Father of U.S. Tae Kwon Do

Grand master Jhoon Rhee is a seventh degree black belt and one of the first widely known karate instructors in the world. Master Rhee came to America as a member of the Korean Army Officer Training Program in 1956. In order to earn extra income while attending college at San Marcos Southwest Texas State College and University of Texas in Austin, Master Rhee started offering classes in the martial arts.   The excellence of his training methods soon attracted a large following and set the stage for the rise of karate as a sport in the United States.  Allen Steen, a student in one of Master Rhee's first classes, went on to found the famous Blood-N-Guts karate style.

In 1962 Master Rhee moved to Washington, DC and attracted many government officials to his school, including Senators and Congressmen. On Capitol Hill, he organized karate tournaments between republicans and democrats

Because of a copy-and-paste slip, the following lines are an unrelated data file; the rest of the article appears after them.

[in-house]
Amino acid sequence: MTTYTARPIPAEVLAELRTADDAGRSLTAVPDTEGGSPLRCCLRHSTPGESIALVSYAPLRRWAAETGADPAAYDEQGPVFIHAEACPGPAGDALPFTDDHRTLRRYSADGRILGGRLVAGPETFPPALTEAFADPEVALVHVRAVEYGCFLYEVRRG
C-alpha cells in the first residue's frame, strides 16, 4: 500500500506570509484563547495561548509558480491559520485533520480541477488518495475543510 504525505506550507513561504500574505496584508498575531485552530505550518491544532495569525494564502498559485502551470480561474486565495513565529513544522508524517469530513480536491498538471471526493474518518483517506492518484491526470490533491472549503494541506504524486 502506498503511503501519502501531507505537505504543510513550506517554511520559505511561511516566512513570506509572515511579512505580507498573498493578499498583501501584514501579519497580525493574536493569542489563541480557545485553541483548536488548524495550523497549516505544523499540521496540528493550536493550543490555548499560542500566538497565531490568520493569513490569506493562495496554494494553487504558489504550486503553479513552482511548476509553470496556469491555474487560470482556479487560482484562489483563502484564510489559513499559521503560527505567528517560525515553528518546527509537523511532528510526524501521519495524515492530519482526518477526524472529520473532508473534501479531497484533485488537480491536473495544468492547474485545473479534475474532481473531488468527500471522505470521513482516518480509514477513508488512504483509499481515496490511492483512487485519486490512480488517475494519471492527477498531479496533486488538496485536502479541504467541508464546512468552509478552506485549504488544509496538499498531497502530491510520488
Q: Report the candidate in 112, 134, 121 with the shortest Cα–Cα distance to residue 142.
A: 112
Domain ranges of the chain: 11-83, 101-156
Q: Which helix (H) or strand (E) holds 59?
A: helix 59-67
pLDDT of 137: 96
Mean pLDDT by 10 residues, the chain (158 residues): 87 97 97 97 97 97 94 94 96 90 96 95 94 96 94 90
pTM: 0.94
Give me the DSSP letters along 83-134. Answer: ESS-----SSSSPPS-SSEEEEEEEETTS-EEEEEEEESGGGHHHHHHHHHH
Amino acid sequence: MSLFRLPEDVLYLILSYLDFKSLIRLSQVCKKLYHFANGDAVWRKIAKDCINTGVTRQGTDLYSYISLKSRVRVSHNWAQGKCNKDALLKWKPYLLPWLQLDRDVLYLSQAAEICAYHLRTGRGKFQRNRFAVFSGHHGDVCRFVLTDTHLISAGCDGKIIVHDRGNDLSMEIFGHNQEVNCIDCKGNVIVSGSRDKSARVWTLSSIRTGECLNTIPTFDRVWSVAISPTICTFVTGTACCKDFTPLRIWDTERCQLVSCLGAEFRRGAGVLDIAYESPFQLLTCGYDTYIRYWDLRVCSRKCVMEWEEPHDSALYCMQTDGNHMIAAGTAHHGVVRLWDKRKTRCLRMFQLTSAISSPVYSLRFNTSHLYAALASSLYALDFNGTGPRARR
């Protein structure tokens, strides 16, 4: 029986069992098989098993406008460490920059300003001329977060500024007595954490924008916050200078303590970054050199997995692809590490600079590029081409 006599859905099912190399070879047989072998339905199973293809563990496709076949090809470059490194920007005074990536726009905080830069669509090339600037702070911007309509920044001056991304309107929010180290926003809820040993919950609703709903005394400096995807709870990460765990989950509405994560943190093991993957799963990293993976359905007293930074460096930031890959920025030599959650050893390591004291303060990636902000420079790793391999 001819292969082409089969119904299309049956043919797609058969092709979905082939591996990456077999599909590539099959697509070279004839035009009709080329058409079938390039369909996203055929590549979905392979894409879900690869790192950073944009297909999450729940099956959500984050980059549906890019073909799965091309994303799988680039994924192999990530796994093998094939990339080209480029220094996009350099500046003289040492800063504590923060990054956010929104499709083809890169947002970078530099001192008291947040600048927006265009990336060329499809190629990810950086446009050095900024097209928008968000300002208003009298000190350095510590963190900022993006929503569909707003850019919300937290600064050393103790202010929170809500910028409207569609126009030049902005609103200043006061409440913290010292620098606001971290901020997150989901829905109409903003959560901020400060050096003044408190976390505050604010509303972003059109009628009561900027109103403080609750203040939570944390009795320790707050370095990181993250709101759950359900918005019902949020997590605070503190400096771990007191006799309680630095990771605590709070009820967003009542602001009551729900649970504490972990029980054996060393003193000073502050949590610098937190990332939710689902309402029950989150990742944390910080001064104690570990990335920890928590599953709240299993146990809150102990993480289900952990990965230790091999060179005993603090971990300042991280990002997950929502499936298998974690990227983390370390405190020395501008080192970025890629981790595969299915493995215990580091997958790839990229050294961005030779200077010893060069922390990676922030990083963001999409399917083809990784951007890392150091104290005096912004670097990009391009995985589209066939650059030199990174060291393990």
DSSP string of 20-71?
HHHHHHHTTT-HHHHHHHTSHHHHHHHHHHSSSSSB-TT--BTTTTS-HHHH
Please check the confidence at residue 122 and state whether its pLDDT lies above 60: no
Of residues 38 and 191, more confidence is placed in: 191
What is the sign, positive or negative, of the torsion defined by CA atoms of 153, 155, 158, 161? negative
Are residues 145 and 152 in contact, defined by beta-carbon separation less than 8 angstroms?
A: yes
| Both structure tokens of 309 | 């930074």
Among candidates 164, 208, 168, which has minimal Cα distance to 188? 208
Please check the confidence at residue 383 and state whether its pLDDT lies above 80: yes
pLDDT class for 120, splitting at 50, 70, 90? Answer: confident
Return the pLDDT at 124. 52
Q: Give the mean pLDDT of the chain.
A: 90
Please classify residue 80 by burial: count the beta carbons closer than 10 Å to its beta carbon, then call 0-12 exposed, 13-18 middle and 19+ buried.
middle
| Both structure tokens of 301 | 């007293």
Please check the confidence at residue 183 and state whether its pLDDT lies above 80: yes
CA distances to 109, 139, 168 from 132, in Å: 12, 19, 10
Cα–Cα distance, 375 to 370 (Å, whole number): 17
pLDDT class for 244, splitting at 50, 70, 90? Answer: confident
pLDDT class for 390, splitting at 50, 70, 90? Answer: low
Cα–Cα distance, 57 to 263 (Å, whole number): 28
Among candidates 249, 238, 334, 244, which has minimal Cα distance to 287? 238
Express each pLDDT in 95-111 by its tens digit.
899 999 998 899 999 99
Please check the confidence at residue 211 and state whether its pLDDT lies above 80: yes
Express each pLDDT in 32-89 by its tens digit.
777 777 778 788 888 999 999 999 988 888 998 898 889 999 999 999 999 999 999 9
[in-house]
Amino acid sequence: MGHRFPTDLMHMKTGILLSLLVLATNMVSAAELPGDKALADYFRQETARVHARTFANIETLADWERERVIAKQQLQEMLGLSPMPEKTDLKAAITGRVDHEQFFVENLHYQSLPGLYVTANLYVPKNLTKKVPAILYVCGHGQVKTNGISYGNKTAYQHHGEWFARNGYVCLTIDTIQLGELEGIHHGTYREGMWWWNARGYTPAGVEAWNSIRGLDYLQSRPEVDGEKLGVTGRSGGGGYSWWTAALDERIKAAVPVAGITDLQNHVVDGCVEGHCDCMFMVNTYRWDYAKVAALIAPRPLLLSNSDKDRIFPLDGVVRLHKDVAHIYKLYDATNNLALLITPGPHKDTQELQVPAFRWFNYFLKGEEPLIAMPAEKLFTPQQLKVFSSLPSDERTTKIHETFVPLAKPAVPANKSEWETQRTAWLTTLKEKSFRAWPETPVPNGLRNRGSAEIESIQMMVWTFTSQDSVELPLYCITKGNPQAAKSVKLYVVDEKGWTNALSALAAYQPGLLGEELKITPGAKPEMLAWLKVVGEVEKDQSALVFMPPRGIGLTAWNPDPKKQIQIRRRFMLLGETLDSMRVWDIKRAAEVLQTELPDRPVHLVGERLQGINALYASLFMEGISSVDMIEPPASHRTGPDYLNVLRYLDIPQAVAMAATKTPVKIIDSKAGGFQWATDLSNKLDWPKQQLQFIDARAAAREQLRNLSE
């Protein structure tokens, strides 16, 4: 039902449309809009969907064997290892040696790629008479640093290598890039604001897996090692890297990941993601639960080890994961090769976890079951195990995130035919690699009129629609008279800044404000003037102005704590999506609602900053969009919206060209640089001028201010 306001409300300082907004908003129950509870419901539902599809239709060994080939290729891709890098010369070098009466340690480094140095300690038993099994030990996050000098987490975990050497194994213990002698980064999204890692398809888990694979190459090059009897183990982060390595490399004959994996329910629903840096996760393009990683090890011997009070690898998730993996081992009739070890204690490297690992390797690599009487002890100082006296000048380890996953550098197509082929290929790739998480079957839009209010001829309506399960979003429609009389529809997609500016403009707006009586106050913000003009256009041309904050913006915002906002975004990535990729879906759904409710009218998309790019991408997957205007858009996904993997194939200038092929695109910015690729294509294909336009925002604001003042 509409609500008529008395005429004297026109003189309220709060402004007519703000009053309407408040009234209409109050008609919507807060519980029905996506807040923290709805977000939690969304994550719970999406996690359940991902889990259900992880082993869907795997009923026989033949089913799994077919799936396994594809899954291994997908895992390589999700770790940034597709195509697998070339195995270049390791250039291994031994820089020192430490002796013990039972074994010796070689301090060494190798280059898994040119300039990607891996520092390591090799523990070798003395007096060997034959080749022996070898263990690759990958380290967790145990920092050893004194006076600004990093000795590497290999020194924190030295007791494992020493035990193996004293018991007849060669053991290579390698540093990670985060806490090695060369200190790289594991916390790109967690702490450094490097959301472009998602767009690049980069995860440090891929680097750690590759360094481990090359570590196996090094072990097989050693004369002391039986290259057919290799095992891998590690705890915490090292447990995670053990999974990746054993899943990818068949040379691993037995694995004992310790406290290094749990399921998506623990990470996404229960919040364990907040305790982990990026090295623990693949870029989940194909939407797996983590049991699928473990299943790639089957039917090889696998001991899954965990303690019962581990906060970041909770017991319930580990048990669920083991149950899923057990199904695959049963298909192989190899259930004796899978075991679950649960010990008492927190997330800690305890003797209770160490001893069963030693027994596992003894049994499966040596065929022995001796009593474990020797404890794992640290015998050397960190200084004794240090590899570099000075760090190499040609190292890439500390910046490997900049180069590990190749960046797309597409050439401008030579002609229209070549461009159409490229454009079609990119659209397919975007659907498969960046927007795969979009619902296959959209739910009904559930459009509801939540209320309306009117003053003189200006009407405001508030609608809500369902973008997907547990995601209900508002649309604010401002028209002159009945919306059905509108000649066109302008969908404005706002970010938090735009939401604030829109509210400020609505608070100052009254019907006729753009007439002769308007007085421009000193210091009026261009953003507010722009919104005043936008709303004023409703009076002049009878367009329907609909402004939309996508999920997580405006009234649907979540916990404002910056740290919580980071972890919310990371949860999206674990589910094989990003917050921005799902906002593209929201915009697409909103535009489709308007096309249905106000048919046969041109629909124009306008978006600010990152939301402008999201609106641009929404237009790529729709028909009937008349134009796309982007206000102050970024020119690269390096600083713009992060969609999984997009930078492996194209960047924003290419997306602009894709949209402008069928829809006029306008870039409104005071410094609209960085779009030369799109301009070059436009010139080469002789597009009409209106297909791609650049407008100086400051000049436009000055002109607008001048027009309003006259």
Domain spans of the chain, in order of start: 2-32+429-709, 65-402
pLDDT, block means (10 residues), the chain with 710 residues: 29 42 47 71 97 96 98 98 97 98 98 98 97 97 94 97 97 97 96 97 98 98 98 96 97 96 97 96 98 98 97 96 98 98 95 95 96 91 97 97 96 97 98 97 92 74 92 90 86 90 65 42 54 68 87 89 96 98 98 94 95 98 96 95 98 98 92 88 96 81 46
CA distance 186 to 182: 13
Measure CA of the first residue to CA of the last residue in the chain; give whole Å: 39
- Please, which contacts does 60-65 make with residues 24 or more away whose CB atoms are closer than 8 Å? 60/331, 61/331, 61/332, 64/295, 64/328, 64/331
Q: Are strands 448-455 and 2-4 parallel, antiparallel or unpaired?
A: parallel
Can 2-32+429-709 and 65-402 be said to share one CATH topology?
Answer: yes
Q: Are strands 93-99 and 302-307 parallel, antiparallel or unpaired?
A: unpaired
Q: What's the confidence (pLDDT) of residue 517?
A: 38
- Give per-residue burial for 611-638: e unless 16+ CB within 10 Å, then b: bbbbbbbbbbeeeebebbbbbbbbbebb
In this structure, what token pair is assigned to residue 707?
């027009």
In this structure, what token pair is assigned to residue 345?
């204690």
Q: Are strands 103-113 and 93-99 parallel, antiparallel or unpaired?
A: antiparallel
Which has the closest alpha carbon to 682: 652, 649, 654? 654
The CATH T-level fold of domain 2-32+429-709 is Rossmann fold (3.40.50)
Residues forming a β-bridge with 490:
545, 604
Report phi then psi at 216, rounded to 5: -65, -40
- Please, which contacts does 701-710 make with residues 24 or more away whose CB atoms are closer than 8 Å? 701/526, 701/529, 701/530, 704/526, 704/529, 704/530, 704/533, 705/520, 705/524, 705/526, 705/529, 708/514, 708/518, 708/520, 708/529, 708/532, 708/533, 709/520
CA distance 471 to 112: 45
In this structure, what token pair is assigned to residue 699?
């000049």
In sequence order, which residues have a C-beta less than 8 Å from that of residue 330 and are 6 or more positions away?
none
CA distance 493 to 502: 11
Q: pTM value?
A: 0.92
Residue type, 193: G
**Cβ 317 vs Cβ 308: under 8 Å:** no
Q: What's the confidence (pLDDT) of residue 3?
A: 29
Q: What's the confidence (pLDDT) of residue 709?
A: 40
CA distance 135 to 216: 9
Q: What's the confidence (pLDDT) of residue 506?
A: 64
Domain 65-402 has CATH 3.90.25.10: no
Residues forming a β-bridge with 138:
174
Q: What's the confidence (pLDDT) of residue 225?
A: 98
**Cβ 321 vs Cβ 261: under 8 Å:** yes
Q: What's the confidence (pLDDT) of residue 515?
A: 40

Master Rhee is credited with the introduction of the protective gear now commonly worn by martial artists to prevent injuries. He also started the practice of performing martial arts kata (forms) to music.

Jhoon Rhee started the wave of popularity for the martial arts and the Korean art of self-defense known as Tae Kwon Do that persists today. In 1976 Rhee was named the "Martial Arts Man Of the Century," by the Washington D.C. Touchdown Club, and in 1999 Black Belt Magazine named Grand Master Rhee as one of the 10 most influential martial artists of the century. 

Rhee's enthusiasm and accomplishments earned him the title of "Father of U.S. Tae Kwon Do."

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